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a selection from:

Man to Man: Surviving Prostate Cancer by Michael Korda
continuing Part IV - Recovery

Page 250 - (go to page 249)

Most important, I had the information I needed, and with it the sense of pressure diminished, along with the fear that I would never be able to have sex again. ''Do not become discouraged!'' Dr. Walsh had written, and I was not. If Walsh was right, then patience was necessary, and the ability to have an erection would return in its own good time. If he was wrong — or I lost patience — then at least I knew that Dr. Eid could help me, in any way I chose.

In the meantime, I was alive, and that was what mattered. The rest, I was convinced, would solve itself in time, and if it did not, then I would move on to the next stage and decide what I could live with and what I couldn't. Maybe I'd get used to the injections, if that was what I decided on; maybe once the incontinence was more under control, I'd be able to use the vacuum pump on a regular basis; if all else failed, there was always the implant. In any case, medical technology was moving forward rapidly, as Dr. Eid had explained to me. There was talk of patches (like those for giving up smoking) replacing the injections, or even of the medication being available in the form of an eyedropper, so all you had to do was drop x number of drops into the penis, then wait for an erection.

Whatever I did, I would know when it was time, and I would know, too, how far I wanted to go. And I would not decide without knowing exactly what Margaret's feelings on the subject were.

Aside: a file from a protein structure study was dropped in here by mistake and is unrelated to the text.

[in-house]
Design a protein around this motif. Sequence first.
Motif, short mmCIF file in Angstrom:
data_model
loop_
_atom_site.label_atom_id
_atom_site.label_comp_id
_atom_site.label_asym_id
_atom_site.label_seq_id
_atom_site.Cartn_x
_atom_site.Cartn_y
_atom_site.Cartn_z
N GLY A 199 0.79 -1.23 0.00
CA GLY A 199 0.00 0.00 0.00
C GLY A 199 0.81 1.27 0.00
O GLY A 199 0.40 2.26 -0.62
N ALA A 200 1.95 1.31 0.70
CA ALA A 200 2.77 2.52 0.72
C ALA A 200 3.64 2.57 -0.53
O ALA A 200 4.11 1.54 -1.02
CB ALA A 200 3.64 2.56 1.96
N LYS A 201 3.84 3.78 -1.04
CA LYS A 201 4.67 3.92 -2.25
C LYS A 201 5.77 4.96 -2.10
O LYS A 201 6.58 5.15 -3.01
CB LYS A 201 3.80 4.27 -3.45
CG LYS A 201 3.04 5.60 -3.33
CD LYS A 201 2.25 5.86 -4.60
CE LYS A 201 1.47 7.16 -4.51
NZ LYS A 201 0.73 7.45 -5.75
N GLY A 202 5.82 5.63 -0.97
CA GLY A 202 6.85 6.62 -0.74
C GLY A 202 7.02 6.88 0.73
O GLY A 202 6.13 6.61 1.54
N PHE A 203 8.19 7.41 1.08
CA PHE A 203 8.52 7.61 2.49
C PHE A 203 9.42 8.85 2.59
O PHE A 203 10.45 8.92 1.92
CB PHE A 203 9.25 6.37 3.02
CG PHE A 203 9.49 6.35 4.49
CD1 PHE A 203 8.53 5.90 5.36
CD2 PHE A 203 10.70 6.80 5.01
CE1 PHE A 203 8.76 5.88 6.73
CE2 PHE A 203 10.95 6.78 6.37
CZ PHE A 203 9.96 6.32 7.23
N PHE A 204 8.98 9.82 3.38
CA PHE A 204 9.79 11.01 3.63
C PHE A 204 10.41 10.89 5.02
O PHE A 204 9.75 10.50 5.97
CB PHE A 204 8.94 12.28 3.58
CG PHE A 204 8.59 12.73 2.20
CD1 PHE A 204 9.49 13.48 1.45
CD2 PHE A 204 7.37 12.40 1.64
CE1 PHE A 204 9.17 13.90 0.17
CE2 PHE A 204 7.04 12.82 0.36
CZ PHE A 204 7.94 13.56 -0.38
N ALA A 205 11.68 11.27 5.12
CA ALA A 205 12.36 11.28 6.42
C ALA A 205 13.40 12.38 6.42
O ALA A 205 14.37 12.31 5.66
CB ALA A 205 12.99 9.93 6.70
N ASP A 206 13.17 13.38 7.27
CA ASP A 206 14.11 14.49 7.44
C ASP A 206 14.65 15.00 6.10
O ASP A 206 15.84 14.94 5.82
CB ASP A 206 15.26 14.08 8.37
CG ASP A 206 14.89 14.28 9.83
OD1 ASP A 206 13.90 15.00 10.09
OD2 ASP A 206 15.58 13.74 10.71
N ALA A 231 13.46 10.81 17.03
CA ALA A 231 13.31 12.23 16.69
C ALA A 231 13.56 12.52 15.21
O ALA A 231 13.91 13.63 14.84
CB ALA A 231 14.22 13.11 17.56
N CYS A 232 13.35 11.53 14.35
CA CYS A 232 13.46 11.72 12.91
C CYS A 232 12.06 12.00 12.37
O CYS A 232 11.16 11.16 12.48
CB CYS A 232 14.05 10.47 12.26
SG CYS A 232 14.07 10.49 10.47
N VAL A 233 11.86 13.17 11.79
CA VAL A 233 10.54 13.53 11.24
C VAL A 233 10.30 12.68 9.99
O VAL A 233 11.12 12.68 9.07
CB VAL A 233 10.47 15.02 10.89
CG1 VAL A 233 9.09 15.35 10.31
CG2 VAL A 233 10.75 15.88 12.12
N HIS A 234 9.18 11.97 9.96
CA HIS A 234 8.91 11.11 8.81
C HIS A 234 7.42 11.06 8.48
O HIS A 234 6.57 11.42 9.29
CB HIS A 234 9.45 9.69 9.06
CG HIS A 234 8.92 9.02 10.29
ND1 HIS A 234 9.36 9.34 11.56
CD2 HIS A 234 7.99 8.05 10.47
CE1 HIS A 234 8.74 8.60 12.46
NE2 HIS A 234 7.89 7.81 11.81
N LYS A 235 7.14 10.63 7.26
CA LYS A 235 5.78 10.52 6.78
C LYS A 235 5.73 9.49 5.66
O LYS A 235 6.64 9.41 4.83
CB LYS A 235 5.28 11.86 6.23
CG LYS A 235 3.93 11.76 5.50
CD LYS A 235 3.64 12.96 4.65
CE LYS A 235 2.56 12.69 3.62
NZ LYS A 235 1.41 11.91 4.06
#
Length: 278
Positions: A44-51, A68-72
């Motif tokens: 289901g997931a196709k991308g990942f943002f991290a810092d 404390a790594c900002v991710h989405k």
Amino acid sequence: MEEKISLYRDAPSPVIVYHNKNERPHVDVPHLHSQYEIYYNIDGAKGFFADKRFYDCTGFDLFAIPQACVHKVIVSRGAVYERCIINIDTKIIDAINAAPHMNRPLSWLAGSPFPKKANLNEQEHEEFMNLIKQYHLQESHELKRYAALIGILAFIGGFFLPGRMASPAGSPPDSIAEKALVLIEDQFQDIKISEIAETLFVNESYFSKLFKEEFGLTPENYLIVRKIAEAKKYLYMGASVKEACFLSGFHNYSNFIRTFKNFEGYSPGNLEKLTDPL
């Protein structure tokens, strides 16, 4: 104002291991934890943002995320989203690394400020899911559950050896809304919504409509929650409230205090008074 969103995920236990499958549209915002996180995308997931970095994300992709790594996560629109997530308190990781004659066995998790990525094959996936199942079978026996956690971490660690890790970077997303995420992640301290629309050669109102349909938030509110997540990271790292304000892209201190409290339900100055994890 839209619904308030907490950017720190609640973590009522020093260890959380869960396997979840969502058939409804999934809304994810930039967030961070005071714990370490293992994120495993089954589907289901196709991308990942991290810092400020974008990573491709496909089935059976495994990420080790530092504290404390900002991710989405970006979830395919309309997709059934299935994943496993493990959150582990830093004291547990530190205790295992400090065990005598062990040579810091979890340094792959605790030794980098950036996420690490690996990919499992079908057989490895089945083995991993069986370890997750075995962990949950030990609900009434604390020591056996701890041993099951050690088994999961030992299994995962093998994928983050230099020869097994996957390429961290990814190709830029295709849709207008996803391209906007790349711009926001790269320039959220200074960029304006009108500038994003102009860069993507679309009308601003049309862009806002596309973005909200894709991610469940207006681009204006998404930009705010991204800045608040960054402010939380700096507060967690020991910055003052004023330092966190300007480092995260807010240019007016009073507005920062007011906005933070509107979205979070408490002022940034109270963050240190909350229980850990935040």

Every day since then has brought small improvements so far as sex is concerned; the ability to have orgasm has returned in small, slow stages and although as yet there are no real signs of erection returning, beyond a few hopeful twinges, my visit to Dr. Eid made me much more philosophical on the subject than I had ever been or expected to be. Yes, he is probably right about the problem of atrophy, but it may not be as crucial as he believes, and in any case, the important thing is to know that there's help out there when and if I decide it's needed. Knowing that, I can relax and let sex return at its own pace, as Dr. Walsh had said it would, just as continence has done. The body, as my yoga instructor keeps telling me, heals at its own pace, and can't be hurried.

None of it worries me anymore. It is as if cancer itself had inoculated me against lesser fears. I had learned, as AA regulars do, to live one day at a time and take what each day brings without worrying too much about the next one — and that is no small lesson to have learned.

Selections reproduced at with the kind permission of the author. Copyright © 1996, 1997 by Success Research Corporation

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